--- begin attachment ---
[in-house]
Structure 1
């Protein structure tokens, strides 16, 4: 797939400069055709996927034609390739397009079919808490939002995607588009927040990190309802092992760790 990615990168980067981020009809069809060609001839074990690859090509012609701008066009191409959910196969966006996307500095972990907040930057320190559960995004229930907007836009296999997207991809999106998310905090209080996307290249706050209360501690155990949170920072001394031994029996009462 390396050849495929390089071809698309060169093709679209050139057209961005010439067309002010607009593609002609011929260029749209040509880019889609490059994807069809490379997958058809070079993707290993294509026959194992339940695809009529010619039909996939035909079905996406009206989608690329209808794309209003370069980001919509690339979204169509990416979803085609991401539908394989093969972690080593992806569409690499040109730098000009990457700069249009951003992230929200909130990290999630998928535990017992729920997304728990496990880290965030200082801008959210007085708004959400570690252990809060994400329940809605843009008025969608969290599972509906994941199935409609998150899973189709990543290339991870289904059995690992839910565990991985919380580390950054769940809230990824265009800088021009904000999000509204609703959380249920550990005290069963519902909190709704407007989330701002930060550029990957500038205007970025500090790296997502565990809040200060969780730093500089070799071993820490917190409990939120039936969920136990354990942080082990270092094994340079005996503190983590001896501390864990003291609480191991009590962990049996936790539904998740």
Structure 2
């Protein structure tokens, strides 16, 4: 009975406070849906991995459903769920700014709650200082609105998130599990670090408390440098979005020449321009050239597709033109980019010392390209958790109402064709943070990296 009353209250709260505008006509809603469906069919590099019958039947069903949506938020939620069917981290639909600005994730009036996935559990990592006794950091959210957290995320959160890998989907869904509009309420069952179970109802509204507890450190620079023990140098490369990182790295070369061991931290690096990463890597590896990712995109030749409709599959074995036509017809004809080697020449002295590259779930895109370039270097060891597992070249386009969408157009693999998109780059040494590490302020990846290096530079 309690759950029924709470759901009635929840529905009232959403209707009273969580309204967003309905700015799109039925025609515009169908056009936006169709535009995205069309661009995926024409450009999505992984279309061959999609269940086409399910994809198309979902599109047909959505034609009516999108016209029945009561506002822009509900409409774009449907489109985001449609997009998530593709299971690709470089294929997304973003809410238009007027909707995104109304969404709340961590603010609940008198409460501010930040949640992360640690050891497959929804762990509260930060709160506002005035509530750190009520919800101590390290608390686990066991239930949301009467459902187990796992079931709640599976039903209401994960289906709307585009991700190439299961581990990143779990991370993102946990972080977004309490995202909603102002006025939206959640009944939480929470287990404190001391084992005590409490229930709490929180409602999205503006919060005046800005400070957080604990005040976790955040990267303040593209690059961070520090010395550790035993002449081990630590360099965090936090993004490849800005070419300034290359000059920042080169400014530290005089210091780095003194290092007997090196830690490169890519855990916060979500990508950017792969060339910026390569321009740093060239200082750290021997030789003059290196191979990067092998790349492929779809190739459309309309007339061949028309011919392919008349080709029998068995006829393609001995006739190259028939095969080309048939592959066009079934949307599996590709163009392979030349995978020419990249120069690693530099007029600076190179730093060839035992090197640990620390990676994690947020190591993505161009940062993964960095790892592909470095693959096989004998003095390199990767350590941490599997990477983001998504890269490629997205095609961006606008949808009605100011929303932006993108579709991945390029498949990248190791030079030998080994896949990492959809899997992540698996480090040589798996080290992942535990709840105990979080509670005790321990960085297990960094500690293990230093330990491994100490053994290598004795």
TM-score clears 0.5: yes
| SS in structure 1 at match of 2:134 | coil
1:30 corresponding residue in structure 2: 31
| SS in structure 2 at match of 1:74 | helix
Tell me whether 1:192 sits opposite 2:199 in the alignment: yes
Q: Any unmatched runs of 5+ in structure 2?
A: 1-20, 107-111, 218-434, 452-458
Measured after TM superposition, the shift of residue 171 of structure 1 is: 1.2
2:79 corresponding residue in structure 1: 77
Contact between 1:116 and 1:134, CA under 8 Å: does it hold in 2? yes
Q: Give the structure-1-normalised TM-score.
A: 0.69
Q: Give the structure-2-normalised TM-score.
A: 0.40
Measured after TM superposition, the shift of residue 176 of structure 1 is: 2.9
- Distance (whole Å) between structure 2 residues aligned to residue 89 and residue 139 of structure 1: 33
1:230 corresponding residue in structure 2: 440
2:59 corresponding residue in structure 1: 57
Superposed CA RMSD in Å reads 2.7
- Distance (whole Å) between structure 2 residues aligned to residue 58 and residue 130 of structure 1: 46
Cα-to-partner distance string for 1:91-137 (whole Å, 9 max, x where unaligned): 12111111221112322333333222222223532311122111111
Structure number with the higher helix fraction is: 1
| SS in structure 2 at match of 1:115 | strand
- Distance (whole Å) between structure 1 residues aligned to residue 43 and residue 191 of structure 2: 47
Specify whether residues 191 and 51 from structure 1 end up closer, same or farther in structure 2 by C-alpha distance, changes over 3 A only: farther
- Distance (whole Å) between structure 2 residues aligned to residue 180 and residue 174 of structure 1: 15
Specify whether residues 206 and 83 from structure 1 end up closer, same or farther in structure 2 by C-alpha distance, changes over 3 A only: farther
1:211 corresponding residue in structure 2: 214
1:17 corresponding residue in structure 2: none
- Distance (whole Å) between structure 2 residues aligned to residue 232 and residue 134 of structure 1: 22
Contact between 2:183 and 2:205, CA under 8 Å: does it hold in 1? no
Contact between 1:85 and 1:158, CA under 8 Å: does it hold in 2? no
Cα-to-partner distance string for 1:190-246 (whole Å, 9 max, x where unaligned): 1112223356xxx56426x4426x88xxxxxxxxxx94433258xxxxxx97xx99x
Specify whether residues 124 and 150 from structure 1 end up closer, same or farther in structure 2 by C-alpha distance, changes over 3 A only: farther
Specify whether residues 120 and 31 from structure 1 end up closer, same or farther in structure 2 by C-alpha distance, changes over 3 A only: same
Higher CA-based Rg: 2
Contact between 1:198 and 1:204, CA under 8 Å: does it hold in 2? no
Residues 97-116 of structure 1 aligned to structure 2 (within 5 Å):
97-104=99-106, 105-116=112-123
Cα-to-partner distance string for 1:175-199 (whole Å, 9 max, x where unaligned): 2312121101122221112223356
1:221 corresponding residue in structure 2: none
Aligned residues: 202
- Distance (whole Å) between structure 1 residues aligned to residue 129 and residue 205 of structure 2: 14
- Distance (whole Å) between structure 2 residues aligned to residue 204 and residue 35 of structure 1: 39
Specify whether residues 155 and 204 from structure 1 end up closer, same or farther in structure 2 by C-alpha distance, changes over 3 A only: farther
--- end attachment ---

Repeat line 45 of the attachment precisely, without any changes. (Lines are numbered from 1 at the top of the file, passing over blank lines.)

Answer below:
Cα-to-partner distance string for 1:175-199 (whole Å, 9 max, x where unaligned): 2312121101122221112223356